Lundin said Burch was “very much relieved” by the arrest.
He said Gumpenberger was “eager to please” and a “delightful man-child” but that his brain injury had left him “completely gullible.”
Betsy Faria’s mother, Janet Meyer, declined to comment.
Some of Hupp’s neighbors on typically quiet Little Brave Drive said Tuesday they were glad to hear of the arrest and that a home invasion was not involved.
“It’s a big relief,” said Cole Jones, 21. He said that ever since he and others on the block heard of Hupp’s involvement in the Faria case, they had concerns about her.
Nikki Melvin, 39, said, “It’s craziness, absolute craziness.” Another neighbor, Nick Lloyd, 37, said the situation over the past week had been “kind of freaky.”
Hupp’s mother's death
On Oct. 31, 2013, Hupp’s mother, Shirley Neumann, 77, was found dead under the balcony of her third-floor apartment at the Lakeview Park Independent Senior Living community, at 1393 Bowles Avenue, near Fenton. There were no witnesses to the fall.
St. Louis County police investigated, and took a second look about a month later, after receiving an anonymous note referencing the Faria case and making other allegations. But detectives found no indication of a crime.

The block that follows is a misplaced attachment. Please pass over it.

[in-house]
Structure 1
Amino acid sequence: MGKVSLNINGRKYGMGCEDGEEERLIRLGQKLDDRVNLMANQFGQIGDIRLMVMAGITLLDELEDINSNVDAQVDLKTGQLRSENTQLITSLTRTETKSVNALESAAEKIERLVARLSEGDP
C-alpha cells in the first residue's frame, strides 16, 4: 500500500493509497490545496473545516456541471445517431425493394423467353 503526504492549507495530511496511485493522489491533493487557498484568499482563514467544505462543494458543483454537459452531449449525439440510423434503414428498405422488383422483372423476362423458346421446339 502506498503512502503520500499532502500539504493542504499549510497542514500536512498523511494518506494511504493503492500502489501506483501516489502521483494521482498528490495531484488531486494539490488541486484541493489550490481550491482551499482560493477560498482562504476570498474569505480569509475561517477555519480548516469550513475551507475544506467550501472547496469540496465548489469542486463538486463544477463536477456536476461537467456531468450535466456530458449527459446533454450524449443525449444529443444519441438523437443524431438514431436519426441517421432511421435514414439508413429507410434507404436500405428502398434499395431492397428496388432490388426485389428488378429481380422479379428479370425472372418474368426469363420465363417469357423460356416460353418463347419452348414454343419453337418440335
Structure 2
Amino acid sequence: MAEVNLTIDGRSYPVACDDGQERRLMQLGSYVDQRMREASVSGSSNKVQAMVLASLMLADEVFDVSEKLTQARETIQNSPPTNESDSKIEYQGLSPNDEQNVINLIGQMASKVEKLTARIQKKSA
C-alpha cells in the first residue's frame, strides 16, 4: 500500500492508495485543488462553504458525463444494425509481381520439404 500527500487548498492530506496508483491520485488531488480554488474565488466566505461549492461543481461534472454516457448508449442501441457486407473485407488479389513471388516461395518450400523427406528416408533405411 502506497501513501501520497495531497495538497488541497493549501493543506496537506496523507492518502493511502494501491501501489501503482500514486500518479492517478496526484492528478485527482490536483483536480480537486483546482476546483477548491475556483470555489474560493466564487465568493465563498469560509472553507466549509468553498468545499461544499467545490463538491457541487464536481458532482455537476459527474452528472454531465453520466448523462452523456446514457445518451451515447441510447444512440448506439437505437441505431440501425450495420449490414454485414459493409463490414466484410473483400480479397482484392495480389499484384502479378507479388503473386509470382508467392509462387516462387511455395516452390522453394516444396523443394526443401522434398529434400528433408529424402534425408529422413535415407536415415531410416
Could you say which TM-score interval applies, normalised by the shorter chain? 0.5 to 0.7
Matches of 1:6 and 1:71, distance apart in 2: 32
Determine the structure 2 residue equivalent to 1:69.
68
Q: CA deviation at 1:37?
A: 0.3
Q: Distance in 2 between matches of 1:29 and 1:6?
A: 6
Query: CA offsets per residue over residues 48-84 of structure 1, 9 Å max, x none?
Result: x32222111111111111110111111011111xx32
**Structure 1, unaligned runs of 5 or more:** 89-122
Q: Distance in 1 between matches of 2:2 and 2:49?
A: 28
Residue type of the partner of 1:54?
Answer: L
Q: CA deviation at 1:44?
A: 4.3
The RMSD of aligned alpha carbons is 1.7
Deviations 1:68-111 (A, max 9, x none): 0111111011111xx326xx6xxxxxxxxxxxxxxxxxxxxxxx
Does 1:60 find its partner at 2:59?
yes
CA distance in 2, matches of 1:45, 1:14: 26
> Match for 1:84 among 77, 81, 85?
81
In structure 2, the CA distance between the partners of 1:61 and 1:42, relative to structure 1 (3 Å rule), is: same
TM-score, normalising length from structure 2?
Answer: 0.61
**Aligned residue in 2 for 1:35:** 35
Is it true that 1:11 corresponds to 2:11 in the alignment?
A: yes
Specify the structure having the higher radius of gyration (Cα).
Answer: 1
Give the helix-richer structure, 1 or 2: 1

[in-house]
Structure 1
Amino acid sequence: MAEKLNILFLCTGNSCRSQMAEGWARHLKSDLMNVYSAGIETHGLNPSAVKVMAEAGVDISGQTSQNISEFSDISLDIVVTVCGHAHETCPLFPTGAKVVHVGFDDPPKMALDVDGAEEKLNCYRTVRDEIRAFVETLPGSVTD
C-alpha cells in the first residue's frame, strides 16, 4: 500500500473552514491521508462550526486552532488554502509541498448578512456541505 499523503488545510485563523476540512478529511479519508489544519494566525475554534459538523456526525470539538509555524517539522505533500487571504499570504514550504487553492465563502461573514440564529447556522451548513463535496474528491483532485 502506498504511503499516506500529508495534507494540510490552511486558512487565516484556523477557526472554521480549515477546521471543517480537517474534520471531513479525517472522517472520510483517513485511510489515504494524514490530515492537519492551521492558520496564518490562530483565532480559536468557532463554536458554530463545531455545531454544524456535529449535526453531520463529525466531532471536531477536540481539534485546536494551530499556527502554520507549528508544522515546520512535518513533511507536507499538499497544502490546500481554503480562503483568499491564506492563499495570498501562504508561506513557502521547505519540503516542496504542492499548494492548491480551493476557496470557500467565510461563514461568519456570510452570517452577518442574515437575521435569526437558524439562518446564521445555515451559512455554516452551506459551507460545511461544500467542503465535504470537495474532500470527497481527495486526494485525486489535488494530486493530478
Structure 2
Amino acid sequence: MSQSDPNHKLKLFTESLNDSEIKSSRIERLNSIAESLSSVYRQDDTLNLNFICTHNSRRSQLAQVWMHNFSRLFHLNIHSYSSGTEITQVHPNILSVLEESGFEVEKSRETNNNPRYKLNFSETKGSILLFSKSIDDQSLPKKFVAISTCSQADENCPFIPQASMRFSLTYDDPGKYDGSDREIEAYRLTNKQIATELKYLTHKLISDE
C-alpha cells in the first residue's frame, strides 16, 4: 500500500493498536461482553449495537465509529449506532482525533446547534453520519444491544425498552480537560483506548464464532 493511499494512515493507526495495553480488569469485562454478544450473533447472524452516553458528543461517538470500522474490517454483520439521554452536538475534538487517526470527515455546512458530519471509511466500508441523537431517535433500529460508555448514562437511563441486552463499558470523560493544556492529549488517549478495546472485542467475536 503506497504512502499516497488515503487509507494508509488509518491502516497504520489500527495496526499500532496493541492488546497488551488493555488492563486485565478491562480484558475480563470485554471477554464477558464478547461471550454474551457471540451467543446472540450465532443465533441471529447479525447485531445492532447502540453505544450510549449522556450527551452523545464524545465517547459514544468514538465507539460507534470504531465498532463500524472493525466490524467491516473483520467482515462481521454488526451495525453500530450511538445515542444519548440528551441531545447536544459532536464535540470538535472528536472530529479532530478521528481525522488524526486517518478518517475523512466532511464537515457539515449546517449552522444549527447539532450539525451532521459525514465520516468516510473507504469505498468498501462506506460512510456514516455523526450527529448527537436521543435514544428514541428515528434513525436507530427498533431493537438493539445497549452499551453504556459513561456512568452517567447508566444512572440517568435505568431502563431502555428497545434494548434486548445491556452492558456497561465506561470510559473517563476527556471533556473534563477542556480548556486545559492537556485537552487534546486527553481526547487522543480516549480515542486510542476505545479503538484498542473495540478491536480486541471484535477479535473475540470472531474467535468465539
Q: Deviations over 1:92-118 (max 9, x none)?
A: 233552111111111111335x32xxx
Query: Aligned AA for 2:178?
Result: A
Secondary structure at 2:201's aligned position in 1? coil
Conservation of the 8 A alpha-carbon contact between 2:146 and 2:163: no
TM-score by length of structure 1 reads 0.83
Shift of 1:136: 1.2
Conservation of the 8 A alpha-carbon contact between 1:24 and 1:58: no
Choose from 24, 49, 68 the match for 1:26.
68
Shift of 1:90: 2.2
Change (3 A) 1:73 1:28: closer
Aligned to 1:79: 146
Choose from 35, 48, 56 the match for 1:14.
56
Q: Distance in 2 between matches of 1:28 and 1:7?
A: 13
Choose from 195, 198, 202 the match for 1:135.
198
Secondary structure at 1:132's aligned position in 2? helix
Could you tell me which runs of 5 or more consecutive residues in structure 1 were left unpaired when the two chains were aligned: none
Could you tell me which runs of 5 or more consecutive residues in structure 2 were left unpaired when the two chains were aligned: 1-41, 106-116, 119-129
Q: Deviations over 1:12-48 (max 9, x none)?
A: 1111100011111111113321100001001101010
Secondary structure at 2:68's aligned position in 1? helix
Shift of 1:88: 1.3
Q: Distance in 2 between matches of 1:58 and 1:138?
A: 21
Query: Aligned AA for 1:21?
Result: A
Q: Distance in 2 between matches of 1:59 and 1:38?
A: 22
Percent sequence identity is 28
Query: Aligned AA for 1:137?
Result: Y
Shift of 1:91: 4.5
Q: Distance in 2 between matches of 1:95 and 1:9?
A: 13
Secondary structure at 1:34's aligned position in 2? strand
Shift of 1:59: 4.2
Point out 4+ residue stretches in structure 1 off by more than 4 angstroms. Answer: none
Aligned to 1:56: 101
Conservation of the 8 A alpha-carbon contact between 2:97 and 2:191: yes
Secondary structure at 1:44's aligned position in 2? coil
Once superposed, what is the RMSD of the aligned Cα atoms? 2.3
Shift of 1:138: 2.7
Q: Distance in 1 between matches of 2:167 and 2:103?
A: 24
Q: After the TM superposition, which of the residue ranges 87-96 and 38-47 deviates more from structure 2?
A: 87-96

Hupp had taken Neumann home about 5 p.m. the day before, after taking her to the hospital and keeping her at Hupp’s home for a night, a police report says. Hupp told staff her mother had already eaten and would not be down for dinner, the report says. Hupp also reportedly said Neumann would not be down for breakfast but probably would eat lunch.
A housekeeper checked on Neumann about 2:30 p.m., after she didn’t arrive for lunch, and found the apartment door open, the water running and the patio door open. The top railing on the balcony was intact, but there was damage to vertical bars under it. Neumann’s body was on the ground.
The housekeeper said Neumann sometimes was unsteady on her feet if she took a pill for back pain.
Hupp’s brother, Michael Neumann, told police he did not have any concerns about foul play in his mother’s death, the report says.
Asked about the deaths of Neumann and Betsy Faria, Lohmar said Tuesday, “I can’t speak to the evidence in other cases.”
Joel Currier and Mark Schlinkmann of the Post-Dispatch contributed to this report.